"These will be our friends on the L-137," Everett replied. "I imagine we have both anticipated this encounter." He strode to the intercom and pressed the alarm. "Battle stations," he announced. " This is not a drill. Davies, prepare the main battery for an aerial engagement. Iwamoto, your engines must be ready for sudden changes in power. Wallace, take us up to 6000' to get us above the terrain. Mister Iverson, please relieve Abercrombie at the helm so he can take his place at damage control, then ring full speed and bring us left to 200. Miss Sarah, what is the status of our consumables?"

"We have 75% hydrogen, 10,500 lbs of ballast, and 5200 gallons of fuel."

"Very good," said Everett. "We should have an advantage there. We will take a position on the chase's port quarter and see what she does."


Ernst peered through his binoculars and swore. "Verdamnt, that's the R-505. The lines are distinctive. Arnold, take us up to 2000 meters. Frederick, turn right to 190, and ring for full power. We will hope they do not recognize us."

Girders creaked as the ship swung to her new course. Minutes later, a call came from the stern lookout. "Sir, the other airship has turned in pursuit."

"Can we outrun them?" asked Artur.

Ernst stared at the Fat Man's agent, wondering how the man could be so ignorant. "Not that ship," he replied. "We shall have to climb to escape them. Now we could use those supplies we had to leave behind in Kao. Marcus, what can we accomplish with what we have?"

The ballast officer studied at his board and frowned. "I can take us up to 4,000 meters. Anything higher would be a severe risk."

"Take us up," ordered Ernst.

Ballast cascaded from the tanks, the nose pitched up, and the ship began to climb. In the hull above, the gas cells would be expanding as the air pressure dropped. Around them, the roar of the engines deepened. Ernst listened, then smiled to himself. As long as the diesels held out, the race was on.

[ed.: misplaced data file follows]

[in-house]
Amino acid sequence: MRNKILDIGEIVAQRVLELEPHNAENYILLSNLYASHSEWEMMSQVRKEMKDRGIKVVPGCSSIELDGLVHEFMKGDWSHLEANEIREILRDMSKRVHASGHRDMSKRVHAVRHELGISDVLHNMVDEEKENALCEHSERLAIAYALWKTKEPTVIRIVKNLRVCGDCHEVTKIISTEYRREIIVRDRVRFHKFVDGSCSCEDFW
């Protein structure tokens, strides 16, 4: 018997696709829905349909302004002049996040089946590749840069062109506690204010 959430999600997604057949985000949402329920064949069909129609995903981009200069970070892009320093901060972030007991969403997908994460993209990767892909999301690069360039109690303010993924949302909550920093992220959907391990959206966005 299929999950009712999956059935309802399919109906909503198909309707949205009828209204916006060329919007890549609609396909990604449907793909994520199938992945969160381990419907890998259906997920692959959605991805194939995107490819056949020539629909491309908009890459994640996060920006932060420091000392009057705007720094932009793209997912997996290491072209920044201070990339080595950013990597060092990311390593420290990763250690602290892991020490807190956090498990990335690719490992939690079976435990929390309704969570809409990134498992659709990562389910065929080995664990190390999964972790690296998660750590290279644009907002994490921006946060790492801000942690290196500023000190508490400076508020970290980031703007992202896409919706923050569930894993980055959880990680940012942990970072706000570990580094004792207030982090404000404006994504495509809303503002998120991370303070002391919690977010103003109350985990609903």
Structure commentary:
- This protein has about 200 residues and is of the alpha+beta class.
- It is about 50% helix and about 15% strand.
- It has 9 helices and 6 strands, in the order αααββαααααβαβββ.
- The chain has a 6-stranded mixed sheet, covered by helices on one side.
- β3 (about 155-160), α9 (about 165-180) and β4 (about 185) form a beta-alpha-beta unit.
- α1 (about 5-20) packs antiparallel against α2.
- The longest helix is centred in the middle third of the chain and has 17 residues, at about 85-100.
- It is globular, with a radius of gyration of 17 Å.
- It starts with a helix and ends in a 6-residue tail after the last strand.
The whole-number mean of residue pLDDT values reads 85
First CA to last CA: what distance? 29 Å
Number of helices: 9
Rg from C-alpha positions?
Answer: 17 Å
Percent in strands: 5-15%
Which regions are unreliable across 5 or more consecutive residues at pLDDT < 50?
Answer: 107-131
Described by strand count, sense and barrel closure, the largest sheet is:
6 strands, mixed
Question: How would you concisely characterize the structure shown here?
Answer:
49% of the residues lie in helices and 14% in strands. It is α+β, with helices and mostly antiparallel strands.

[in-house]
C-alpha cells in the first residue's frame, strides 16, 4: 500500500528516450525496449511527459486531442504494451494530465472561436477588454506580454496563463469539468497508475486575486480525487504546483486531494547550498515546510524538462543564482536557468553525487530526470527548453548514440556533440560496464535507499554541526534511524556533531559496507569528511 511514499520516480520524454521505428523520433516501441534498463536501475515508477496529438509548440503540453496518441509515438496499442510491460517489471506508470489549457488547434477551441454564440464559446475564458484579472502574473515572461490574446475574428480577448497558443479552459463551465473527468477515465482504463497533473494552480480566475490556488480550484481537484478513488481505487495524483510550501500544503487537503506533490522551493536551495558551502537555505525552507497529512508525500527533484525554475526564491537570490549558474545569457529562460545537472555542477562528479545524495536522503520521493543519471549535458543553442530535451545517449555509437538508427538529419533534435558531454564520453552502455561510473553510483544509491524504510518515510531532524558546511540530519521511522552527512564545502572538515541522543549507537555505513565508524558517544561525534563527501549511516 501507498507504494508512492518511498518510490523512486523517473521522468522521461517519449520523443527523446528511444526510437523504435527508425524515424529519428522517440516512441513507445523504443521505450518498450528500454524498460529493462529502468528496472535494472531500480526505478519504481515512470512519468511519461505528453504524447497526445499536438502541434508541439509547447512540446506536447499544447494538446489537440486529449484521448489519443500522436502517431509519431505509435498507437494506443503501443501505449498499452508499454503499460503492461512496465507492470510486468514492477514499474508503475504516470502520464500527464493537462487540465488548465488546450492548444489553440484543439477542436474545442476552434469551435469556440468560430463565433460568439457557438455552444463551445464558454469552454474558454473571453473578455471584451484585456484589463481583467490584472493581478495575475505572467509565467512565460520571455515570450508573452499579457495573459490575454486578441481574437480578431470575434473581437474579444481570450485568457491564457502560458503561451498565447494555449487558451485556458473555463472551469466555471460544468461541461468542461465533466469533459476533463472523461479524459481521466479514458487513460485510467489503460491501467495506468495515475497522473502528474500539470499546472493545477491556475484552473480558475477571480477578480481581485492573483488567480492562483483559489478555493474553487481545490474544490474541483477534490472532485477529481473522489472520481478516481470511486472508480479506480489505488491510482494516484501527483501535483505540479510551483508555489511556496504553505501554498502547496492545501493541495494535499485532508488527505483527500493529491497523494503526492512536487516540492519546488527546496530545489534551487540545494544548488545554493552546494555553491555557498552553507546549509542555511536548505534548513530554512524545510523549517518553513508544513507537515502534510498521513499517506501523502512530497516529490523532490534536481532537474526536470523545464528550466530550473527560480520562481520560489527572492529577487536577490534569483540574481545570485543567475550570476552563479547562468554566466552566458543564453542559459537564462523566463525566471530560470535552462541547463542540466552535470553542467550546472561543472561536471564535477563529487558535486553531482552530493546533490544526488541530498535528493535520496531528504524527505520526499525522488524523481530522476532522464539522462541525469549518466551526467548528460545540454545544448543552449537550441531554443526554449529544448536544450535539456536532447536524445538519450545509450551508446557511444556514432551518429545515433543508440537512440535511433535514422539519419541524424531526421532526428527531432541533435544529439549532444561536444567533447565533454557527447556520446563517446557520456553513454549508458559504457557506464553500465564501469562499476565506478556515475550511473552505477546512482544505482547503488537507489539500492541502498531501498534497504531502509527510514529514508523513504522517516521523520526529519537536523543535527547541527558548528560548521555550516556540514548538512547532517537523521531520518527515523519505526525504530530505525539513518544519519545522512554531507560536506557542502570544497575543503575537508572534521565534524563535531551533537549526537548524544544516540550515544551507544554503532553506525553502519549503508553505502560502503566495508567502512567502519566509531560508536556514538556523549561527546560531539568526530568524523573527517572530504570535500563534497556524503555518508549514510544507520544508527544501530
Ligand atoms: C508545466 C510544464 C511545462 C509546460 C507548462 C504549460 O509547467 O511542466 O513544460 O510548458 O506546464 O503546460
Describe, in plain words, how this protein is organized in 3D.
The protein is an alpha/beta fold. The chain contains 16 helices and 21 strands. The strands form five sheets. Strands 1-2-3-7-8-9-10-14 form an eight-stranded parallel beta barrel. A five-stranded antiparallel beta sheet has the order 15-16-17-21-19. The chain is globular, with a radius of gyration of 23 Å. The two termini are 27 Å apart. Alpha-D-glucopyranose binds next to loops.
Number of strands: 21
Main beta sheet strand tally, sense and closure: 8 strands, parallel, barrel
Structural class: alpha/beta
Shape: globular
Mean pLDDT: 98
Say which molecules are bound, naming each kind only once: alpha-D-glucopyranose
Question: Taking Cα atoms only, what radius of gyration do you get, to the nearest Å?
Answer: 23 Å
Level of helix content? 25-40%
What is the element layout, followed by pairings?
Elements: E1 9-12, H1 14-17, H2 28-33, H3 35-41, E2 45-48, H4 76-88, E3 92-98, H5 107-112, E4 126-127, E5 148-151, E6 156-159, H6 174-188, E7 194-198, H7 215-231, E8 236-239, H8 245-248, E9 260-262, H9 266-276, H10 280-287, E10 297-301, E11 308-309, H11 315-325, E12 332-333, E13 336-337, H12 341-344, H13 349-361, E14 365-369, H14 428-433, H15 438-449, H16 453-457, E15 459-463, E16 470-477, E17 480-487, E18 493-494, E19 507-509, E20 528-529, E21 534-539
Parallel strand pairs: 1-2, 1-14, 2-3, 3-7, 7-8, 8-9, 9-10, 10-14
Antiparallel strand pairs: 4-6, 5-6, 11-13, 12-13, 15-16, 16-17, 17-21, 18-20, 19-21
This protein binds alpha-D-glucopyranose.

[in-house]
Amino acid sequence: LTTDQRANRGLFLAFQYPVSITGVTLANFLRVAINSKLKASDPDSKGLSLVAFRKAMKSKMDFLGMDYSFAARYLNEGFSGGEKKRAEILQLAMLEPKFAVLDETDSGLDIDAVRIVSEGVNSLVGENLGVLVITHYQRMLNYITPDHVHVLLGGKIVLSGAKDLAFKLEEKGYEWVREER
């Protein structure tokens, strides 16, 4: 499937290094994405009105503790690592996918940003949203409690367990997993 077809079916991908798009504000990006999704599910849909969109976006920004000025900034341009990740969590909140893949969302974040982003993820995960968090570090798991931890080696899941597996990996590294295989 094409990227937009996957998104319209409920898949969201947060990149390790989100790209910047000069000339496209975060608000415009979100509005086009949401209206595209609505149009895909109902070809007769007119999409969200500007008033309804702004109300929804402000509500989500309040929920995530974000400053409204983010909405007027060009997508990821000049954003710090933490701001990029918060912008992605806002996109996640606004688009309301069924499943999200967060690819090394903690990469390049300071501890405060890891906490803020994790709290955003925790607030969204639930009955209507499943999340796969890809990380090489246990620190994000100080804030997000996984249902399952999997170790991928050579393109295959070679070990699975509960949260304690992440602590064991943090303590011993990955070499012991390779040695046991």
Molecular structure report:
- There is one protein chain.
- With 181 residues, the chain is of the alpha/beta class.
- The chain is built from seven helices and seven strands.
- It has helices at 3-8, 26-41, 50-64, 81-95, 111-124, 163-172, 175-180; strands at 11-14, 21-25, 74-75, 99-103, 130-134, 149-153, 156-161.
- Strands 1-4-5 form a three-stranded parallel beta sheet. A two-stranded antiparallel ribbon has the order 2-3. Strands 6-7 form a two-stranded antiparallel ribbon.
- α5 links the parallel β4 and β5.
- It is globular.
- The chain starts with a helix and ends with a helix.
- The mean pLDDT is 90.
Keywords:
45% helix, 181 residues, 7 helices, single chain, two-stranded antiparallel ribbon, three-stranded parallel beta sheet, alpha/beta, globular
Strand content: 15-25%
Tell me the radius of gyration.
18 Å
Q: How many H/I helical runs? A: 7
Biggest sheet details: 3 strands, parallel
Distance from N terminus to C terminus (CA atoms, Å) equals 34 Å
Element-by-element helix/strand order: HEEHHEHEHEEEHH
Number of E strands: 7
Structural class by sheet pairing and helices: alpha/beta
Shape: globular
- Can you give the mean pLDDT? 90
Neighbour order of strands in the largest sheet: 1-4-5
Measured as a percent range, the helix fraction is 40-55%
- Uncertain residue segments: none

"They're climbing, passing through 10,000', and they've begun a turn to the right," called Loris.

"They'll be turning downwind to run and hoping for a stronger wind at altitude," Everett remarked to his bridge crew. "We can't hope to climb with them, so we will remain on their quarter at a distance of five miles. That should keep us out of range of any weapons that ship could carry. Have they sent any messages?"

"There was one brief transmission by an unskilled hand," said Jenkins. "It appears to be a simple single-substitution cipher, but there isn't much material to work with." He handed the captain a slip of paper with a short string of characters.

HEFFCEWHGEZAVHIOCDOEVSCHGFWTESV

Everett puzzled over this for a moment, then handed it back to his signalman. "I see what you mean," he said wryly. "We will continue the chase and see what else develops."

For the next several minutes, the Flying Cloud droned west while Loris called down position reports. Everett plotted these on the chart and studied the result. "It appears to be a stalemate," he observed. "They have 15 knots more tailwind, but we're 15 knots faster, so our groundspeeds are equal. We will see who has the most patience."


They'd turned northwest after they reached altitude, crossing the Kao peninsula as they fled downwind. Now they were heading out over the Molucca Sea. Ahead of them, the Sangihe islands glimmered in the distance. Their pursuer had followed, swinging in a wide turn that cut off some but not all of the distance.

"He's maintaining his position on our quarter," came the report from the stern lookout.

"Ja," Ernst muttered. "Of course he is. That Everett is no fool."

"Why are we still running away?" Artur asked impatiently. "Why don't we take advantage of our superior altitude, turn back, and engage them?"

"Because we can't," snapped Ernst. "Our adversary would not allow this. From that position, he controls the range. If we turn toward him, he turns away. If we turn away, he turns to follow. And we know, all too well, just how fast that particular ship is."

"I could order you to try," Artur remarked. His voice might have been casual, but his eyes were heavy with menace.